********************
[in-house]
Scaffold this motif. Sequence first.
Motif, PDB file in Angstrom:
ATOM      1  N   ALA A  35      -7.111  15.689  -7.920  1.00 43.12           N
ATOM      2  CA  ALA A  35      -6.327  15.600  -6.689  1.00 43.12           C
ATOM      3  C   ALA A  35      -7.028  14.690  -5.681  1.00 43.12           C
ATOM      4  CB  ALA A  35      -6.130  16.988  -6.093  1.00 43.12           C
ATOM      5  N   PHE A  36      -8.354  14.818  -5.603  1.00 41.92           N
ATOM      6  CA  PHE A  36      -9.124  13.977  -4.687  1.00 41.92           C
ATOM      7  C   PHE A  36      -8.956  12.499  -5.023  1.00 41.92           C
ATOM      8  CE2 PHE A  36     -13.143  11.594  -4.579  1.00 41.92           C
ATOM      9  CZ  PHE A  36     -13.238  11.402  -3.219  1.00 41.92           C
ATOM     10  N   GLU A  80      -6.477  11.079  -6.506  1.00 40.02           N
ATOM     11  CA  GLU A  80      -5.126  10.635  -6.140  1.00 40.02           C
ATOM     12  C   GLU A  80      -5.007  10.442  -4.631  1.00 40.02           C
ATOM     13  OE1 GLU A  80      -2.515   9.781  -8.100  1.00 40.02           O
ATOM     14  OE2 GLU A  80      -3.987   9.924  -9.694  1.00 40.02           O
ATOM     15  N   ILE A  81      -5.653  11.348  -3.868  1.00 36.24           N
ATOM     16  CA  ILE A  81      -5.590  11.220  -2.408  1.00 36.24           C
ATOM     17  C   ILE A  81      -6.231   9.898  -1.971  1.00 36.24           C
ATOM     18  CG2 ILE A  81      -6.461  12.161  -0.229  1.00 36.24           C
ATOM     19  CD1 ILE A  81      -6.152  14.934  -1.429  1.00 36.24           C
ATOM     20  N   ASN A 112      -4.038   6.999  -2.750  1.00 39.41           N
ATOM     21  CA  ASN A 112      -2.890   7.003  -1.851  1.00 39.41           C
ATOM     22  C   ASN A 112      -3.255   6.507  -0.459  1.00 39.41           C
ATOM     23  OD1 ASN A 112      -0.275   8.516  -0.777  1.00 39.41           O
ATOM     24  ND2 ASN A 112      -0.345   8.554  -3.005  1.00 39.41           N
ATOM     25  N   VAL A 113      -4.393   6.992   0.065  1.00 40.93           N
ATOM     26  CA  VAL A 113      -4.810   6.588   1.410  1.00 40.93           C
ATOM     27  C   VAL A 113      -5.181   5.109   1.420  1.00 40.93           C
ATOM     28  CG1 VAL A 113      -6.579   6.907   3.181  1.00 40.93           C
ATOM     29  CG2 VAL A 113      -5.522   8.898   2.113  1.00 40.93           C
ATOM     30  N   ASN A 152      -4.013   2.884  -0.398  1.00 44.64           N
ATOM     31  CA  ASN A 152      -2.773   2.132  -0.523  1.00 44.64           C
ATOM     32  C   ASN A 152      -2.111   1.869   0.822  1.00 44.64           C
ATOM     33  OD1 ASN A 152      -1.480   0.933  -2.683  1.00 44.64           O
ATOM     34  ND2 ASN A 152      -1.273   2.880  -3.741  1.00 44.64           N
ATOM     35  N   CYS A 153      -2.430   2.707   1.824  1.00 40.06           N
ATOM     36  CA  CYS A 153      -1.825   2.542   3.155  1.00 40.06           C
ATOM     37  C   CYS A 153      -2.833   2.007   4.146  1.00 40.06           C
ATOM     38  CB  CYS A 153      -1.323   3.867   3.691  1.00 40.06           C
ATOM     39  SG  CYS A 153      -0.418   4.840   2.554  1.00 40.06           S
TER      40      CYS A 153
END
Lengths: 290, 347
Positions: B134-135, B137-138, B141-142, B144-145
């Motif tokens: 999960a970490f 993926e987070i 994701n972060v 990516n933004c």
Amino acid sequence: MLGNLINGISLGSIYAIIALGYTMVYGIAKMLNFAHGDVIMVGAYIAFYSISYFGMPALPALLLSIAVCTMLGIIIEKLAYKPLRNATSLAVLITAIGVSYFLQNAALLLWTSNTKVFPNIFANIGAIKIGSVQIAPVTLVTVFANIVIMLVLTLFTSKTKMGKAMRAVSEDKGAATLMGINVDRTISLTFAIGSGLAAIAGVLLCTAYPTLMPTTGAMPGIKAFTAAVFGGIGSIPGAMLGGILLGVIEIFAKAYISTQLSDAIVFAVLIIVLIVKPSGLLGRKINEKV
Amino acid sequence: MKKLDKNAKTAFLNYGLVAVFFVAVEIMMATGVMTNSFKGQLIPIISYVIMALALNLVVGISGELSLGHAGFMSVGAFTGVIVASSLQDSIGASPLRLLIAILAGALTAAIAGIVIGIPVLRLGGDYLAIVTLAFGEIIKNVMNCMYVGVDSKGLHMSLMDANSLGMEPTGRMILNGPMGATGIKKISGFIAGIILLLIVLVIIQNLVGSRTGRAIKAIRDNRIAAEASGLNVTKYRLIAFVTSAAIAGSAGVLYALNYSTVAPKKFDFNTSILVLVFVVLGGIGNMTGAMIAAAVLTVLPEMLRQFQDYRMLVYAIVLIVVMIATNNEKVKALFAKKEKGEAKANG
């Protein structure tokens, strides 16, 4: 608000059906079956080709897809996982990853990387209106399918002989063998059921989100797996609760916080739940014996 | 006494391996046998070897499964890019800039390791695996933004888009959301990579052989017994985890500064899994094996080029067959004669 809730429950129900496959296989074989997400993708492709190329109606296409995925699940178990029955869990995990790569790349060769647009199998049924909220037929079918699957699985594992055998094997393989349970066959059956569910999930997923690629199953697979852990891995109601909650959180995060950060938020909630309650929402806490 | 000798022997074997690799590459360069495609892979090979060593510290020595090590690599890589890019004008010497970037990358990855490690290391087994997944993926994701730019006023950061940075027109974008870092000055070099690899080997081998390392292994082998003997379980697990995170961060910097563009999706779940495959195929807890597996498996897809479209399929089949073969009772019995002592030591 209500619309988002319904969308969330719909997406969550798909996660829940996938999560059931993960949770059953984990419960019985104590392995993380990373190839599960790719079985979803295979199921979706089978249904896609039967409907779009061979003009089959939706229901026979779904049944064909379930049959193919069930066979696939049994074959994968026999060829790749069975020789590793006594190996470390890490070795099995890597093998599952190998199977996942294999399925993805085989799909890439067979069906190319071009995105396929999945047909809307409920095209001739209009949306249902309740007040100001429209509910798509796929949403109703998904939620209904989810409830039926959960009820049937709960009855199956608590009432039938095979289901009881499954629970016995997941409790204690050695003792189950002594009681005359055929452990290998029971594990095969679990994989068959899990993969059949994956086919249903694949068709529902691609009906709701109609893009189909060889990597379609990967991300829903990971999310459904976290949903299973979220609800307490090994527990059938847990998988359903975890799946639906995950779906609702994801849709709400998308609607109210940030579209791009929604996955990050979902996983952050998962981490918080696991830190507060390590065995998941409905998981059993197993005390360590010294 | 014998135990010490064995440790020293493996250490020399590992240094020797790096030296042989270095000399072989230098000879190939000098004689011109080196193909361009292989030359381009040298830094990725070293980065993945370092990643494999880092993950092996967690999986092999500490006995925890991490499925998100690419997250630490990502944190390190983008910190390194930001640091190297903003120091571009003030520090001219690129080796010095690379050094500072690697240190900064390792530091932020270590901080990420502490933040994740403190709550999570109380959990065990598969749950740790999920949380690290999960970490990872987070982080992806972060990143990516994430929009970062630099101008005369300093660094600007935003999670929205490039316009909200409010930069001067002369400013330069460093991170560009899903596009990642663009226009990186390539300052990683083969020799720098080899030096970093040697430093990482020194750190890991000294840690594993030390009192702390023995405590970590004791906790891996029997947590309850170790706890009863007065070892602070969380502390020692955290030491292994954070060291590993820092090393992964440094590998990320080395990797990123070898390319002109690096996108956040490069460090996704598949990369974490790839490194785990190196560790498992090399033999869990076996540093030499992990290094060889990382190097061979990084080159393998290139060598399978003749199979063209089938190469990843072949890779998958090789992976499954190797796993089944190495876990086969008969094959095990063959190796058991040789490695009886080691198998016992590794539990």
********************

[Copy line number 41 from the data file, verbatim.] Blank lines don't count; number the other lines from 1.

ATOM     38  CB  CYS A 153      -1.323   3.867   3.691  1.00 40.06           C